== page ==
A Fife GP practice has been told to apologise to a woman after four of its doctors failed to diagnose her late partner’s sore shoulder was actually advanced lung cancer.
One of the four GPs went so far as to advise the patient that he “absolutely did not have cancer”.
The case came to light when the woman complained to the Scottish Ombudsman about the care and treatment he received prior to his death.
The man, referred to as Mr A in the watchdog’s report, had visited the unnamed practice on a number of occasions during a five-month period in 2015.
His partner, described as Ms C, said he spoke to a series of GPs about his severe shoulder pain and was repeatedly prescribed painkillers which were ineffective.
He was also referred for physiotherapy and a chest x-ray.
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It was only when Mr A was finally sent for a CT scan, after his initial request was refused, that he was told he had cancer.
The ombudsman upheld Ms C’s complaint that there had been an unreasonable delay in referring him to a specialist.
The probe found four of the six GPs involved in Mr A’s care and treatment had failed to take appropriate action to determine the cause of his shoulder pain.
The ombudsman said: “We found that the GPs had failed to consider the complete picture in that Mr A had attended the practice on numerous occasions within a short time frame and they dealt with the symptoms reported at the time of the consultations.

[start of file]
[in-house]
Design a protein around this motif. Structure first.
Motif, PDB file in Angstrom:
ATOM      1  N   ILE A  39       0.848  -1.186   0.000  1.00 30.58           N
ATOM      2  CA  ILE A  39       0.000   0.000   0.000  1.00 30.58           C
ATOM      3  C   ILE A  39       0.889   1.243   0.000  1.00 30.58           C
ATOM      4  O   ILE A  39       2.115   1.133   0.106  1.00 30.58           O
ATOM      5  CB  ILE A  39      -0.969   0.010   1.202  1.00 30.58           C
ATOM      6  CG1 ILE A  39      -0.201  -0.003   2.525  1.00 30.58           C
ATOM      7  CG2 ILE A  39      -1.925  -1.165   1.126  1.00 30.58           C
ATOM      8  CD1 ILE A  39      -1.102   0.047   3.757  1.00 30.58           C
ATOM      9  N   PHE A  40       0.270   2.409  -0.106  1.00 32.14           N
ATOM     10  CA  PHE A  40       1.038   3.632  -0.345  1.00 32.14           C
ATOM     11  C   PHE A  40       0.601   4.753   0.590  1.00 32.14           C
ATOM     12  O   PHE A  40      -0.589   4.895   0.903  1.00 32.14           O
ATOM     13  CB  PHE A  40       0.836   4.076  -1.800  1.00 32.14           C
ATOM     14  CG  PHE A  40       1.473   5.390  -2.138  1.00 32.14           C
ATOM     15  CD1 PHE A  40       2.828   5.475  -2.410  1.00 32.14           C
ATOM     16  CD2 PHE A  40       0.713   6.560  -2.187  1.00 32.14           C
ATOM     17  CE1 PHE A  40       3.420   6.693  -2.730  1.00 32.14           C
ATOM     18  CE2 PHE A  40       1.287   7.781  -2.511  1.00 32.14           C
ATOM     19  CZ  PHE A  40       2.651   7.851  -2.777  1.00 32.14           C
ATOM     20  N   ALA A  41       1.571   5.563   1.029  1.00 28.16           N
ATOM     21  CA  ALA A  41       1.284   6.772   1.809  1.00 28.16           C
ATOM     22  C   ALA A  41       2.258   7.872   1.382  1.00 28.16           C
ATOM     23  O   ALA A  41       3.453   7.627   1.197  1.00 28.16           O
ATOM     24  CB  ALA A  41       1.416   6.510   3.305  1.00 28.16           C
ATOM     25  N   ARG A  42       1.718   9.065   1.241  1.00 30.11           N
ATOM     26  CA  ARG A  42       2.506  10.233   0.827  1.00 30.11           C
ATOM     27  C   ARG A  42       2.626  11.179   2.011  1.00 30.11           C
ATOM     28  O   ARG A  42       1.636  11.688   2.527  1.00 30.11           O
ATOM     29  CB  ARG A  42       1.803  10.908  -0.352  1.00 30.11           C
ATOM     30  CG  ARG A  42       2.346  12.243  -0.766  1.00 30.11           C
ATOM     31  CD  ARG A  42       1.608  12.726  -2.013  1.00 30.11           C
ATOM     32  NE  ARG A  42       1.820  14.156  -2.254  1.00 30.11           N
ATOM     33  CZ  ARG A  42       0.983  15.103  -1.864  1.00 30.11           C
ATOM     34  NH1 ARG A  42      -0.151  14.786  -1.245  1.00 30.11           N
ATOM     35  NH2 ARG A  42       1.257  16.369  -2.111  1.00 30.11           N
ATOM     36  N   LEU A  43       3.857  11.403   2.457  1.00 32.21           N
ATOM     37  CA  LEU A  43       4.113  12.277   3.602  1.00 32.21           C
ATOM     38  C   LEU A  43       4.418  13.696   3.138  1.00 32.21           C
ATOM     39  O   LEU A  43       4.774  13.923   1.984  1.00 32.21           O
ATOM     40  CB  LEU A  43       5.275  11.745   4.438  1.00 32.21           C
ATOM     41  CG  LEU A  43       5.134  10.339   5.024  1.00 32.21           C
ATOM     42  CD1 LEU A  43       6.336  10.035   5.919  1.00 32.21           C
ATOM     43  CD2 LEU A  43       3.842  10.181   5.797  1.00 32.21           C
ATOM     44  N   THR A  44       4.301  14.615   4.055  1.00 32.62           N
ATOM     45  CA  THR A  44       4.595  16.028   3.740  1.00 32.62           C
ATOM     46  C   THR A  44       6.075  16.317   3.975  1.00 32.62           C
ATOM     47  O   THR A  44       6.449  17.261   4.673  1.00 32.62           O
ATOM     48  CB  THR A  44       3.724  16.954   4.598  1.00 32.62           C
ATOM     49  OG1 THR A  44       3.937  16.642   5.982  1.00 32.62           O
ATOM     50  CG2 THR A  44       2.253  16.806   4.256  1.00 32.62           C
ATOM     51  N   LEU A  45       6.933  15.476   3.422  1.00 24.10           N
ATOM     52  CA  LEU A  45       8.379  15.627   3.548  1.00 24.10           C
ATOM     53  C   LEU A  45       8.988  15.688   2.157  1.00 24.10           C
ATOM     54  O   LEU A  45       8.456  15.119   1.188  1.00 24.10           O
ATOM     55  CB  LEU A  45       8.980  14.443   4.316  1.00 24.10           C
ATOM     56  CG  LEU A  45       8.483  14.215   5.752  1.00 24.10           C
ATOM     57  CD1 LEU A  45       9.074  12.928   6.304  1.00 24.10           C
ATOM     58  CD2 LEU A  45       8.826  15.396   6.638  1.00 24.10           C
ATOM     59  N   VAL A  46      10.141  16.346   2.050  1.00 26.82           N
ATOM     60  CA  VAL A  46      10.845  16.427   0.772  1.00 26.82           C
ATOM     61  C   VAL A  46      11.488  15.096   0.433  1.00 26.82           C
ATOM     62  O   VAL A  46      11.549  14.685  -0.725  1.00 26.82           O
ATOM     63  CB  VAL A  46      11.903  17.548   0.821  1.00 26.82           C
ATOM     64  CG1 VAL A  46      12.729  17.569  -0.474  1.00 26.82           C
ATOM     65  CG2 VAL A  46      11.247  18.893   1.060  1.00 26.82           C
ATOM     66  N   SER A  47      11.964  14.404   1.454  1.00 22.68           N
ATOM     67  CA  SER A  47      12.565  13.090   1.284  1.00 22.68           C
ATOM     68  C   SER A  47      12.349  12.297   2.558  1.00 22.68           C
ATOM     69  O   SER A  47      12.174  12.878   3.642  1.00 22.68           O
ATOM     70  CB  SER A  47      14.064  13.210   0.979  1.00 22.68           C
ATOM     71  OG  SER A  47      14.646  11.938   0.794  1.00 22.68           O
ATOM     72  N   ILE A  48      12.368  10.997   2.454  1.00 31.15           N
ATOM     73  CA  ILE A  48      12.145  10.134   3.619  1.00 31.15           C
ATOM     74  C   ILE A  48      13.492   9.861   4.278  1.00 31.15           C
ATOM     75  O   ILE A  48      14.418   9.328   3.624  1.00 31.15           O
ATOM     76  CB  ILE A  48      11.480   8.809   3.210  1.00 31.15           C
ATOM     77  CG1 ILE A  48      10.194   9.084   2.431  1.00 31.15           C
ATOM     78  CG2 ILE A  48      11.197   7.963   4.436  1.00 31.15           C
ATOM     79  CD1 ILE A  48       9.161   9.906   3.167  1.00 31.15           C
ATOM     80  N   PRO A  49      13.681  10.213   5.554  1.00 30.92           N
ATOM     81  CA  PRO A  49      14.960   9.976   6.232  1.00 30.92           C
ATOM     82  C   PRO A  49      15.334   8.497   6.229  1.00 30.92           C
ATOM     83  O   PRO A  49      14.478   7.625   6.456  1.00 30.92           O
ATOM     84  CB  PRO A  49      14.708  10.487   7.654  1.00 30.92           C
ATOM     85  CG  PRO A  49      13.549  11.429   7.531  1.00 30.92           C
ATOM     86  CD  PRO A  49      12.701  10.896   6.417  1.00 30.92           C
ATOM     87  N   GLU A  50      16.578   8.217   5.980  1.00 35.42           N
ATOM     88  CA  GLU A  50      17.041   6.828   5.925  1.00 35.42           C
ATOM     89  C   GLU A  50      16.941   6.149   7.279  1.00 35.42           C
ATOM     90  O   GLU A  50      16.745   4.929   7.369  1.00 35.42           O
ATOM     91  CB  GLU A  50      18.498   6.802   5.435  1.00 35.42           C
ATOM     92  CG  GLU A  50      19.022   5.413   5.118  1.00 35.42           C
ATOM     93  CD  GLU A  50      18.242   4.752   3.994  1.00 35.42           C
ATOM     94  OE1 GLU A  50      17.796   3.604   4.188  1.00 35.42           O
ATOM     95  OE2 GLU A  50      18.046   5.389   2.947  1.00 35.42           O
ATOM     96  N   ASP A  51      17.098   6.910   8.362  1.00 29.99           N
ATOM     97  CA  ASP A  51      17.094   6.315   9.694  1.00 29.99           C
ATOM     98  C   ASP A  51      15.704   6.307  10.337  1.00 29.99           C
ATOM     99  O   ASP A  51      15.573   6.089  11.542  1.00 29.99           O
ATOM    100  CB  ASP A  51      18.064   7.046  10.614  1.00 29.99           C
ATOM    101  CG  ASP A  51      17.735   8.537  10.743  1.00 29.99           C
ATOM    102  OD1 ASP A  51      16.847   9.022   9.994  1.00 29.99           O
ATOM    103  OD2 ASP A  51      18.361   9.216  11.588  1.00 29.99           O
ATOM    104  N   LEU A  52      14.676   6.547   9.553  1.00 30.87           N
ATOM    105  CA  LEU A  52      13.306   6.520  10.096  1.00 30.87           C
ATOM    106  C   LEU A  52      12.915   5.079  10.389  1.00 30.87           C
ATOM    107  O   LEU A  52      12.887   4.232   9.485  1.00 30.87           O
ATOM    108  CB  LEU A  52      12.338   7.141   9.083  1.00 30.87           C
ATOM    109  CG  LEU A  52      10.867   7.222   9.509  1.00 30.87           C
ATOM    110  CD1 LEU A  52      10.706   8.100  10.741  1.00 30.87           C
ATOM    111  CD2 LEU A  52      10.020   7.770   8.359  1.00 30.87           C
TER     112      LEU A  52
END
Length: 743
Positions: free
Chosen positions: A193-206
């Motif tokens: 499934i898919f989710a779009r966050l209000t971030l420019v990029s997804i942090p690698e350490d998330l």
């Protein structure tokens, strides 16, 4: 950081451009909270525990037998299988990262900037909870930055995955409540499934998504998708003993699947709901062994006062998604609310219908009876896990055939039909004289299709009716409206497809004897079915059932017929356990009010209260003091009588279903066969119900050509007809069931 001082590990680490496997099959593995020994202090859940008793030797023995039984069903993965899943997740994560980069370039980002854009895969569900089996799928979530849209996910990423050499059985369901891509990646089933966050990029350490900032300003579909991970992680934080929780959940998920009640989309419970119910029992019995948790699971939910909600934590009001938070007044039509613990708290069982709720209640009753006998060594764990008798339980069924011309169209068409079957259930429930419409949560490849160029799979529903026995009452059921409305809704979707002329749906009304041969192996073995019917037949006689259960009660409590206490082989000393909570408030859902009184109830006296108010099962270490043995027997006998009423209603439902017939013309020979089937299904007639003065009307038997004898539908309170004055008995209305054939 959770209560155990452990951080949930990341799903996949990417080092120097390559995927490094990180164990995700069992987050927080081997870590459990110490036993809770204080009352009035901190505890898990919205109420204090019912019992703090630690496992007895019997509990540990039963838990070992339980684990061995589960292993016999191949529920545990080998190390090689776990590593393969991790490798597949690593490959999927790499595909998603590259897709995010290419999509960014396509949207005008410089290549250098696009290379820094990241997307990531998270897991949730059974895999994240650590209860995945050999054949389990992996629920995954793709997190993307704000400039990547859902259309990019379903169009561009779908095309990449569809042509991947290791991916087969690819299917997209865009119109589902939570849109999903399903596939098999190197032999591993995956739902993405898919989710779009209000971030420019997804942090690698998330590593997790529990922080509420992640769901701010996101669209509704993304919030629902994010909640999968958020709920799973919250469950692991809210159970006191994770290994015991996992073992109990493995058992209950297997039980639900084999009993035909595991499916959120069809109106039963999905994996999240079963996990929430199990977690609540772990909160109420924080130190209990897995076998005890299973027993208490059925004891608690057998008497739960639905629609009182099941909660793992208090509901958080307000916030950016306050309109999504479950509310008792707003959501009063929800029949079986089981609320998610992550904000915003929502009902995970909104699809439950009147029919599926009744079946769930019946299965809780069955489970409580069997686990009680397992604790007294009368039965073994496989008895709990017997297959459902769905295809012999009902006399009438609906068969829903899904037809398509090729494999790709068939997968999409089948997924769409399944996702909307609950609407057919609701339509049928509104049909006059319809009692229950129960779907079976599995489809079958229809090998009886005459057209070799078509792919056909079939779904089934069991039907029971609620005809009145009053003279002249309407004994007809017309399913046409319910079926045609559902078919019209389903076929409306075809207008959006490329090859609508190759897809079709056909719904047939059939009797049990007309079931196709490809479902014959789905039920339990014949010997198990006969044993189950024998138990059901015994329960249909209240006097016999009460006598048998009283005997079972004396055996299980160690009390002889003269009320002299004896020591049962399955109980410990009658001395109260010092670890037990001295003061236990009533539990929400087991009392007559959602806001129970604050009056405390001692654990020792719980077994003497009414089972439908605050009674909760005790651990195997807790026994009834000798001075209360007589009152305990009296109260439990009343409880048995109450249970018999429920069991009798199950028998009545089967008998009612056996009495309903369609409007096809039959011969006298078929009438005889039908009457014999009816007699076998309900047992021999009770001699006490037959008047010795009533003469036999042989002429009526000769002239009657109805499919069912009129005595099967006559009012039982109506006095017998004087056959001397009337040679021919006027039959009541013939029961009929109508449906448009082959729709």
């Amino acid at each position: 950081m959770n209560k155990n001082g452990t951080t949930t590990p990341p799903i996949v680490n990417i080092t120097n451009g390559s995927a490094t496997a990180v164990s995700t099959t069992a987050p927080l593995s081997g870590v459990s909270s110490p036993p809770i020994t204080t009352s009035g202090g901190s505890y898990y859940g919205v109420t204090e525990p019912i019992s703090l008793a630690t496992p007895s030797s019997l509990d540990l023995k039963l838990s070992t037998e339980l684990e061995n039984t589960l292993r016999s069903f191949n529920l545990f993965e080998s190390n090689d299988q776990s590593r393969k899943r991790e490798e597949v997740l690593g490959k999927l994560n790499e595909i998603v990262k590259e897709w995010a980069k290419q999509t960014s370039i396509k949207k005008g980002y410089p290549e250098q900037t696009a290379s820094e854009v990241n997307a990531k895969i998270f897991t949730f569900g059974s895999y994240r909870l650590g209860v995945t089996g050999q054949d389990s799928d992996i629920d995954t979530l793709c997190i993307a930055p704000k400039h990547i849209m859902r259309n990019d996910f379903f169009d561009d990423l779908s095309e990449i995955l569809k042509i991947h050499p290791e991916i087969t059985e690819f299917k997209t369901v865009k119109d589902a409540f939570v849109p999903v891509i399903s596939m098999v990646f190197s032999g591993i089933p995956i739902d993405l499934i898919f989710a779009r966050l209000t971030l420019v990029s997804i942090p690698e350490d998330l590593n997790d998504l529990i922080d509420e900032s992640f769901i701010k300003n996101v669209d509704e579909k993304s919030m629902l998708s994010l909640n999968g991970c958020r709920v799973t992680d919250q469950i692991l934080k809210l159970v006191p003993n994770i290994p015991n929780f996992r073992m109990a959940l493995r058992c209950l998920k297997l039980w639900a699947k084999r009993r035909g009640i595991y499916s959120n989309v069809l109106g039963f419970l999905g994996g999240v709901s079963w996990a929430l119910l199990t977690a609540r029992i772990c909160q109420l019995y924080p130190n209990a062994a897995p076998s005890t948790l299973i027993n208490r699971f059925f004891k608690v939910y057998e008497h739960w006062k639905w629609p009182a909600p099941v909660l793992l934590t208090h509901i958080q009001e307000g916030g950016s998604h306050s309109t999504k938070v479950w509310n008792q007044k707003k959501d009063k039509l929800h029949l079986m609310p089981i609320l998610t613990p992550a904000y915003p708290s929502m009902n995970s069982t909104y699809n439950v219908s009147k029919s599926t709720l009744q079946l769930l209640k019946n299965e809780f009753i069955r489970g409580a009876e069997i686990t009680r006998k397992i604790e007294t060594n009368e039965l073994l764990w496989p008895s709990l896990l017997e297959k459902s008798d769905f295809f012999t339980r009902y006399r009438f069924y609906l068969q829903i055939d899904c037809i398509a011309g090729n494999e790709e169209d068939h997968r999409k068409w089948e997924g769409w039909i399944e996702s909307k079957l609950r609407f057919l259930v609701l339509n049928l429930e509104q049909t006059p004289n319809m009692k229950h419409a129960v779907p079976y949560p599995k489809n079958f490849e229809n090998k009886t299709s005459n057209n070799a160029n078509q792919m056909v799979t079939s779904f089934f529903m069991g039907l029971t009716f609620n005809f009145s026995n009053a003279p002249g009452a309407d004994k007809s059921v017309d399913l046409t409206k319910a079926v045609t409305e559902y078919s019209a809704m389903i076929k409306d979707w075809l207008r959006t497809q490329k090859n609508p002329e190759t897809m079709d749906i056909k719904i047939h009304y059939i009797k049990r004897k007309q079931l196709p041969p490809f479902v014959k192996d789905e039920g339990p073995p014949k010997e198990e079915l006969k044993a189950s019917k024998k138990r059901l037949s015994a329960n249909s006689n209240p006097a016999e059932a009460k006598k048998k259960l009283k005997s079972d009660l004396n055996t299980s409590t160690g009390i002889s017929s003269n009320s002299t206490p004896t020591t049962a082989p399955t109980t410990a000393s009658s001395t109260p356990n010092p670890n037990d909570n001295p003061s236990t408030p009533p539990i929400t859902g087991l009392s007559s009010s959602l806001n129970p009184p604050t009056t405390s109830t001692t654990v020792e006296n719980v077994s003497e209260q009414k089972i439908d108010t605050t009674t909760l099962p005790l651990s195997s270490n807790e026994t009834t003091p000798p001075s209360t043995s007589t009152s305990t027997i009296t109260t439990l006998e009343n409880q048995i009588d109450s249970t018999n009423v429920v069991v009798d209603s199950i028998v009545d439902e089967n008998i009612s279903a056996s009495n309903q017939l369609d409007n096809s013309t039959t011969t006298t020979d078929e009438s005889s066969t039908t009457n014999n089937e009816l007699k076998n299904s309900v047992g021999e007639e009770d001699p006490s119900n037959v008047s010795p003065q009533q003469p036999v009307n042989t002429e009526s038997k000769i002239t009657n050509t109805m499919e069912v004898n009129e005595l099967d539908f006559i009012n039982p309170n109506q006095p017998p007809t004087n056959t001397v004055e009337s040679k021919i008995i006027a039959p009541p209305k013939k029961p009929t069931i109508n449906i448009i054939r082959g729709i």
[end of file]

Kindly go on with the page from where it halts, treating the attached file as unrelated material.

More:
“They had not fully considered the previous consultations which would have allowed them to be better informed of the situation.”
The ombudsman also found one of the doctors had incorrectly advised the patient had he “absolutely did not have cancer, despite the fact that no specialist opinion had been obtained.
“This would have given Mr A false reassurance,” said the ombudsman.
The report went on: “I am also aware that, due to the pressures on the NHS, it is often the case that a patient will not see the same GP for a continuing medical problems.
“Therefore, it is critically important in such situations that the GPs involved are familiar with patients’ records and medical notes and listen to them.”
The practice is said to have accepted the ombudsman’s recommendations to address the issues raised and pledged to act on them.
It was also asked to apologise to Ms C for the failure to refer her late partner for a specialist opinion at an earlier stage.